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New Skis and Boots [northeast, last purchase Rossignol Cut 9.6 15 years ago]

post #1 of 14
Thread Starter 

Hello all,

 

I need some help buying new skis and boots. I am 6'1, 185lbs, 45 year old, former racer in my teens in the 80's. Didn't ski for 10 years then went back to skiing recreationally in '99 when I bought a pair of Rossignol Cut 9.6 184cm skis and Nordica Grad Prix boots (they had a few versions; I bought the silver and blue ones). I've been skiing with the same boots and skis for the last 15 years (about 10 days per year). I ski groomed trails only, mostly the east coast, though we go to the west Coast or to Europe once in a while. My boot liners have fallen apart (though the shells are still fine) and nobody will service my bindings anymore hence I am looking for new boots and skis. 

 

First the boots: I am surprised all new boots are super soft. I have narrow feet so I fit in race boots and tried the Nordica Dobberman 120. They still seem to flex more than my old Grand Prix but the main thing is they are a lot more upright than my old boots. I like the aggressive forward angle of my old boots. Most shops don't recommend putting new liners on a 15-16 year old boot, but I am tempted as I am very used to and comfortable with the old boots. So my dilemma is whether to spend half the money and put new custom liners or get new boots.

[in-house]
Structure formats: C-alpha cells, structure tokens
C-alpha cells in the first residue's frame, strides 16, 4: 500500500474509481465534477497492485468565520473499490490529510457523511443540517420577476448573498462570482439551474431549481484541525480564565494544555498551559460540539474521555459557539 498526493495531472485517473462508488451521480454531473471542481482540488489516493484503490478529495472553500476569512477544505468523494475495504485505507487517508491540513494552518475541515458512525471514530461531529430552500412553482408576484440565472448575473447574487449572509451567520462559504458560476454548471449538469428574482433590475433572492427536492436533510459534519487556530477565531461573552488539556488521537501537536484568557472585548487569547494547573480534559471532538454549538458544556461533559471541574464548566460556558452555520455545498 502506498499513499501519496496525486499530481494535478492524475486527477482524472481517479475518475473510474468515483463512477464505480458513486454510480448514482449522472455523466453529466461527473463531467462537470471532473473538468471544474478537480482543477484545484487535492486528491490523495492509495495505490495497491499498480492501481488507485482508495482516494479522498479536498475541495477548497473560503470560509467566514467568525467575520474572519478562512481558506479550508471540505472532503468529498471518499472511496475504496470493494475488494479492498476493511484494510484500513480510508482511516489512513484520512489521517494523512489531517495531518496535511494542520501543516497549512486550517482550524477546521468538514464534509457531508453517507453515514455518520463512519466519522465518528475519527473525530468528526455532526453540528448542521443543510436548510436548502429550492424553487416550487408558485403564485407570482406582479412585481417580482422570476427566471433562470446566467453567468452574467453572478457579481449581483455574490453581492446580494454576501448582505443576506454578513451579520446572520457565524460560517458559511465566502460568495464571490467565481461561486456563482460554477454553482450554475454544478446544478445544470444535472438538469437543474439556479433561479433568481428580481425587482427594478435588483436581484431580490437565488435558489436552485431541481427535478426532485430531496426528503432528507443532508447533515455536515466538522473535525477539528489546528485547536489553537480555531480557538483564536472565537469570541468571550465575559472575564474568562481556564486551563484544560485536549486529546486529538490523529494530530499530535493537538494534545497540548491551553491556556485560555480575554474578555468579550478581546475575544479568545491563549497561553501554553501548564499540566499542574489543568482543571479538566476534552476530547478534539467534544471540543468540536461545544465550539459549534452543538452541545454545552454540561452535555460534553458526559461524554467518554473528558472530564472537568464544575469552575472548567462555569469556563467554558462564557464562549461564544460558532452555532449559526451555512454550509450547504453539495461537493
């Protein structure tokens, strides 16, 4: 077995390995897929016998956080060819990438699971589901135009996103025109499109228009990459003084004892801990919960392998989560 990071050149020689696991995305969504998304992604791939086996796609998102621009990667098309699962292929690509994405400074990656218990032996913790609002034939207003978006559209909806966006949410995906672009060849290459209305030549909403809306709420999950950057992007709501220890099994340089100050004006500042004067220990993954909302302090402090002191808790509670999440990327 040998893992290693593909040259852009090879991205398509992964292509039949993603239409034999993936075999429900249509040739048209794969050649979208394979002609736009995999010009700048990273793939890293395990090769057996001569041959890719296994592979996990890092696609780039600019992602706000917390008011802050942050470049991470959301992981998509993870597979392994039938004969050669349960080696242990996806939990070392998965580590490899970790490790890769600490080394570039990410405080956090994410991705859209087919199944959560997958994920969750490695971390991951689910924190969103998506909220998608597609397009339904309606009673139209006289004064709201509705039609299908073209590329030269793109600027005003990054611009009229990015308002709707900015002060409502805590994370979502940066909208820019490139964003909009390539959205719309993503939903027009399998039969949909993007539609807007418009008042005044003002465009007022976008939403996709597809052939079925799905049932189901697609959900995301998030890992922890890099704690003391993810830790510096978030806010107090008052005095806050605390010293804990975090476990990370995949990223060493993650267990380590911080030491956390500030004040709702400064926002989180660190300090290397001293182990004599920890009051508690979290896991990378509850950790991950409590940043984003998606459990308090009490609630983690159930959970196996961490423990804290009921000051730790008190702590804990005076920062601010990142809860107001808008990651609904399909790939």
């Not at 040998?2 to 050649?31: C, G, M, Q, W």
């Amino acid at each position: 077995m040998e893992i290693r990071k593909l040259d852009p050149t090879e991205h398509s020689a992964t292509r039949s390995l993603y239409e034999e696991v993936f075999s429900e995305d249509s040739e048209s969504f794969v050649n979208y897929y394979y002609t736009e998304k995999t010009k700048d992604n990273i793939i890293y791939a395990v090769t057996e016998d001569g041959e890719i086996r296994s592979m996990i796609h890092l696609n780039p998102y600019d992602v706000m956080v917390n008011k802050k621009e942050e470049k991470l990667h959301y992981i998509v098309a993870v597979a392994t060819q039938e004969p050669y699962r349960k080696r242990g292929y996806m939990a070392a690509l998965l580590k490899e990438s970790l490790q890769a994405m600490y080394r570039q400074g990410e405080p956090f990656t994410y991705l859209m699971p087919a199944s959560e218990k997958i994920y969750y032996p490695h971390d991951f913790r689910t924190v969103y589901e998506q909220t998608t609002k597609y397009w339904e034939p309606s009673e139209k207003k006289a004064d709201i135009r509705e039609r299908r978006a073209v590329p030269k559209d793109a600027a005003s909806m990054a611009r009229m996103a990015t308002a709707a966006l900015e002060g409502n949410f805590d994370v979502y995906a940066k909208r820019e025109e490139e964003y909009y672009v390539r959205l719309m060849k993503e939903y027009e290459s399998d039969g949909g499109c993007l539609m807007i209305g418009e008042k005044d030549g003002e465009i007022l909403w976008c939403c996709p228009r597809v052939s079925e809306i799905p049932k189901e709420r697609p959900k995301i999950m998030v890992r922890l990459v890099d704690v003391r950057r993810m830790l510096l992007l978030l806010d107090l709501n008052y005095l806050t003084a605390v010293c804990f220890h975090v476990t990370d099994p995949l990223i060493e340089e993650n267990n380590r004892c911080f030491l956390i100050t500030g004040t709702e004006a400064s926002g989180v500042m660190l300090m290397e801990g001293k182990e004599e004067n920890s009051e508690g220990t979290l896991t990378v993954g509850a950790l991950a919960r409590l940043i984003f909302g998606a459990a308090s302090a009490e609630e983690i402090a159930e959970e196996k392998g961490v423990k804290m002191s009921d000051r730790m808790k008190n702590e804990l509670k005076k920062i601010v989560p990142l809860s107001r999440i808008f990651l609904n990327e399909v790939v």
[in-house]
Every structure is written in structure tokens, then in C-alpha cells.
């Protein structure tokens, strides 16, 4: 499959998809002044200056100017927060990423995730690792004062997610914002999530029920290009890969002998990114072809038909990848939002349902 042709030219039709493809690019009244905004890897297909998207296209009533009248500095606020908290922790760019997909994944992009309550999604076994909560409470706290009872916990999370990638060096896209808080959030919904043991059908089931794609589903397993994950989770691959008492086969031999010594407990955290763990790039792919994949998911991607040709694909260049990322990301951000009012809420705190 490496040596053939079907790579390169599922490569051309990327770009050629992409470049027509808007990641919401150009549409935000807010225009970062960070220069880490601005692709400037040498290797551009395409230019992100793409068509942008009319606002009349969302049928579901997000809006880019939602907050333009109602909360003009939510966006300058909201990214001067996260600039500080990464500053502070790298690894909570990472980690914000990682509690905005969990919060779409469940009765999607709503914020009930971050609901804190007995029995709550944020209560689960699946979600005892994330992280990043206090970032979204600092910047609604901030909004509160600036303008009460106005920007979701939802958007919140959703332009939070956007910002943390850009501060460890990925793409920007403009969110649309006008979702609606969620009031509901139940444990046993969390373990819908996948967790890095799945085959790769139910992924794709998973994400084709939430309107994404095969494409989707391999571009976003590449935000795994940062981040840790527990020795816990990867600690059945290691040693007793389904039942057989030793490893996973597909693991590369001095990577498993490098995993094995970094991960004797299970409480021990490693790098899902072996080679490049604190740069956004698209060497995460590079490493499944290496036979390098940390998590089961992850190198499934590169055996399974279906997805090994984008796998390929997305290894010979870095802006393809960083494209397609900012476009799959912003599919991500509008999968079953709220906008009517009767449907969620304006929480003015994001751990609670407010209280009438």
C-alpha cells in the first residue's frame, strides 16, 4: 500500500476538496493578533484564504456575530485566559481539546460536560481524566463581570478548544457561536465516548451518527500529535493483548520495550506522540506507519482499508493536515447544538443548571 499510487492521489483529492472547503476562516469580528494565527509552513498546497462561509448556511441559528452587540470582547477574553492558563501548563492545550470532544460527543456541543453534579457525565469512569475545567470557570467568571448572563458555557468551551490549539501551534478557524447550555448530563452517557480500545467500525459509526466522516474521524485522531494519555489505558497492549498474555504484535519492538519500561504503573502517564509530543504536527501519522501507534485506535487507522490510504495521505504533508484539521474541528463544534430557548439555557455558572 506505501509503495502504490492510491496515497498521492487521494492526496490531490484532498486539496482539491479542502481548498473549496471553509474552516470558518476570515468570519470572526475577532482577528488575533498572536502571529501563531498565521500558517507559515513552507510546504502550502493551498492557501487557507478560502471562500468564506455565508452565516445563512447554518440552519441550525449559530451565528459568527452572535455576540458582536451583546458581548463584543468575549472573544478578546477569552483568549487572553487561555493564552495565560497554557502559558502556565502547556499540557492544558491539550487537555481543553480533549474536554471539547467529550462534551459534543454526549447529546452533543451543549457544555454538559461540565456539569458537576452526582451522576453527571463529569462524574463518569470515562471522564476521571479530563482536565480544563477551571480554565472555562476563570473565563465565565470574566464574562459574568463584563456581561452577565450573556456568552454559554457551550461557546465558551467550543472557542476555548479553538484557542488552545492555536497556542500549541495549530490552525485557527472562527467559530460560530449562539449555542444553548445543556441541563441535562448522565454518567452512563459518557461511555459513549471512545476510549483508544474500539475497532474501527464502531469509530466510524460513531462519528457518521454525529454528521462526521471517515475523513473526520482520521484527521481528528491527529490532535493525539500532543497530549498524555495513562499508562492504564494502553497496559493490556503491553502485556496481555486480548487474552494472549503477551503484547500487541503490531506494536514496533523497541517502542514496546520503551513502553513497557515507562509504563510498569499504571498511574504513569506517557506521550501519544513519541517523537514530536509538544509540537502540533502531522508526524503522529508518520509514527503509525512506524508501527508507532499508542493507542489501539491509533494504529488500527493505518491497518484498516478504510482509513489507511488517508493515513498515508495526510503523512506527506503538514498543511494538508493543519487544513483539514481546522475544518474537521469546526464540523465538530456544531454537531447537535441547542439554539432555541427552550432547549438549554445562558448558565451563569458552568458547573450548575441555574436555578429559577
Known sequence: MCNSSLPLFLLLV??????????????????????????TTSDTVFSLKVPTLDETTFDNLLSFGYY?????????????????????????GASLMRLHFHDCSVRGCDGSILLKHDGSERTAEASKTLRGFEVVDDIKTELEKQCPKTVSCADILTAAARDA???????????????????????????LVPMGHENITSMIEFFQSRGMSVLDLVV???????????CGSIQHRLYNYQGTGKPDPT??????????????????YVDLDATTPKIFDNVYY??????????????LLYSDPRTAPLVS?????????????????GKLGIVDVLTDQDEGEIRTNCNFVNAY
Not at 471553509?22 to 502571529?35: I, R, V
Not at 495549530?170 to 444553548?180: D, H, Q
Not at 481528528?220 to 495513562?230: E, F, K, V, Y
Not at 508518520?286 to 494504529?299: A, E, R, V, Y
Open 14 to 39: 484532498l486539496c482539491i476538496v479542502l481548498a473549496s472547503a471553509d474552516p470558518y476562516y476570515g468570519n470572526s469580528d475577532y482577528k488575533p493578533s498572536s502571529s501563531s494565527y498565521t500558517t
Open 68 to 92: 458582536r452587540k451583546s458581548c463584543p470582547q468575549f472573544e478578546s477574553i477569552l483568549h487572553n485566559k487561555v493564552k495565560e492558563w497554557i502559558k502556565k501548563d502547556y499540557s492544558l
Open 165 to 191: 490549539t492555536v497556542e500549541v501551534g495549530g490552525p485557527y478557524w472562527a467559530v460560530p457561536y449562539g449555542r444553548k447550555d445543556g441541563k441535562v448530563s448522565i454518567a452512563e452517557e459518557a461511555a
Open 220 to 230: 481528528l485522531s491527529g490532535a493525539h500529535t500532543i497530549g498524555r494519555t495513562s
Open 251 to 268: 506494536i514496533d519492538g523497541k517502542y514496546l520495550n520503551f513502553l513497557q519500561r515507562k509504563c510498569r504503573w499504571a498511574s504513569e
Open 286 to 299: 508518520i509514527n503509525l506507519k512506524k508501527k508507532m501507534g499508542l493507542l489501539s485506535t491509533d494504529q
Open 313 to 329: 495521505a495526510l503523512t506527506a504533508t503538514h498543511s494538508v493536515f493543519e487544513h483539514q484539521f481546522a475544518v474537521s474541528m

Skis: I learned on straight skis and almost bought straight skis in '99 - they were still available back then. I ended up buying skis with a side cut  - Rossignol Cut 9.6 184cm - and was very impressed how easy they were to turn. I am now looking at the Atomics (never had a pair but always wanted one going back to the '70s!). I see most new skis are very wide. I was thinking Nomad Blackeye TI 181cm (127-81-111) - went to the store to see them and they look to me pretty wide in person. I also looked at Atomic Redster Xt 170 (118-72-106) - 170 was the longest they had. These looked more like traditional skis.I ski mostly on groomed trails, on hard pack or ice, so I don't think wide skis are for me.